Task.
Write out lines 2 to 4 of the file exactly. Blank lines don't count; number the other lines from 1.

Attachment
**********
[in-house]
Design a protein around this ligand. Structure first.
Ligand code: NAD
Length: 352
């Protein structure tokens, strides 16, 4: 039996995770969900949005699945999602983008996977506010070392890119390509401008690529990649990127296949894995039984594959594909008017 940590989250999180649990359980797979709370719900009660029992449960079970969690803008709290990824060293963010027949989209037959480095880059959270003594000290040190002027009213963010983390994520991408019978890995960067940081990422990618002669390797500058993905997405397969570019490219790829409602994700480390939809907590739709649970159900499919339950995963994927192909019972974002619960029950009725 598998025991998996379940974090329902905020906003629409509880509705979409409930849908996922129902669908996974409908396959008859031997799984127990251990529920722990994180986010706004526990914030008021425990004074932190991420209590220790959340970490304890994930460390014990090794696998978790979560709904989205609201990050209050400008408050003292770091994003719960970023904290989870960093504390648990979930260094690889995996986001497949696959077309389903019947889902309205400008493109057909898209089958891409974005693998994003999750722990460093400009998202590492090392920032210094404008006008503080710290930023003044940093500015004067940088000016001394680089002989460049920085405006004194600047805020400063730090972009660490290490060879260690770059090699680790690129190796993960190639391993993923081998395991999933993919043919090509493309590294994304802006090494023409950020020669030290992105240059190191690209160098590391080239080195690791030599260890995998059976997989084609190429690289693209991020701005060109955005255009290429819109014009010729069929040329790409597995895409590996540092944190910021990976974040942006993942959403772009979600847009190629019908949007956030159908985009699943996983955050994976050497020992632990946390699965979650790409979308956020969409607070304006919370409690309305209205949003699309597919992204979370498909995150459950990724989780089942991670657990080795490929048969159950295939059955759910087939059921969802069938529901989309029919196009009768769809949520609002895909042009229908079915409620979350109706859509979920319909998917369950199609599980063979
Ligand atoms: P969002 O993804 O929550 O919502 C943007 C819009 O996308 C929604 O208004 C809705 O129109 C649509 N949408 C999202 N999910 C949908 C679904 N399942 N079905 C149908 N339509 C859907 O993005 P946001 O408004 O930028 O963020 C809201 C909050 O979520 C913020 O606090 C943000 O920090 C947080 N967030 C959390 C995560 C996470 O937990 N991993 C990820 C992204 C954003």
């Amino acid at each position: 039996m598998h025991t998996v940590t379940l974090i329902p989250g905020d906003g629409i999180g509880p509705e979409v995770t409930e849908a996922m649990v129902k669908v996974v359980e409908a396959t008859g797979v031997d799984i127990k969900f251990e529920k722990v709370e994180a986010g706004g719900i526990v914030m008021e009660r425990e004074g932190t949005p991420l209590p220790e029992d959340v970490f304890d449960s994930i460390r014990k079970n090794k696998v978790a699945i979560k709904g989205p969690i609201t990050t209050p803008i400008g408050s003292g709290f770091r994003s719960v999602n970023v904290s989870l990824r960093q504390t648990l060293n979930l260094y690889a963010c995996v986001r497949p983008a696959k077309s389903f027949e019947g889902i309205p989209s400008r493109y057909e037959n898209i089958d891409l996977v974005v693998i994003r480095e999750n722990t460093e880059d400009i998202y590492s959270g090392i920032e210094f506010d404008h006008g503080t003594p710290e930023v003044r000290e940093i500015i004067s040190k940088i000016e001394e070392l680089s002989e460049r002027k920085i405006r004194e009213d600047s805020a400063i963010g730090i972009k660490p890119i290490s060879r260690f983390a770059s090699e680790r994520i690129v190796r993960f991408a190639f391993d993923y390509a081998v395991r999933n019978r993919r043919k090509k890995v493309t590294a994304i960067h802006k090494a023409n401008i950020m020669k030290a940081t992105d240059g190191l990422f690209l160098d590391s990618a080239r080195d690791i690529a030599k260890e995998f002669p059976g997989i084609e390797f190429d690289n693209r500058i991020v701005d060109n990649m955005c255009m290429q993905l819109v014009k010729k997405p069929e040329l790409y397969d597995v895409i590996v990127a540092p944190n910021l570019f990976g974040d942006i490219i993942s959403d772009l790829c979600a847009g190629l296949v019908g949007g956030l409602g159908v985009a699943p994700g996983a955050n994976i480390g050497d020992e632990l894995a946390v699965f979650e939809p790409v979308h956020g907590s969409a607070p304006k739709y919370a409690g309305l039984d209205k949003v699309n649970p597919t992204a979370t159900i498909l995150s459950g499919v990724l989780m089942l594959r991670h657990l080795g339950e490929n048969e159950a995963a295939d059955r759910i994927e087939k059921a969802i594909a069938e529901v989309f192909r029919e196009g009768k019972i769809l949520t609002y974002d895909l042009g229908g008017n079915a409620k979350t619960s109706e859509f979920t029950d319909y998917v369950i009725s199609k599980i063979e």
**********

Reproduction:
Design a protein around this ligand. Structure first.
Ligand code: NAD
Length: 352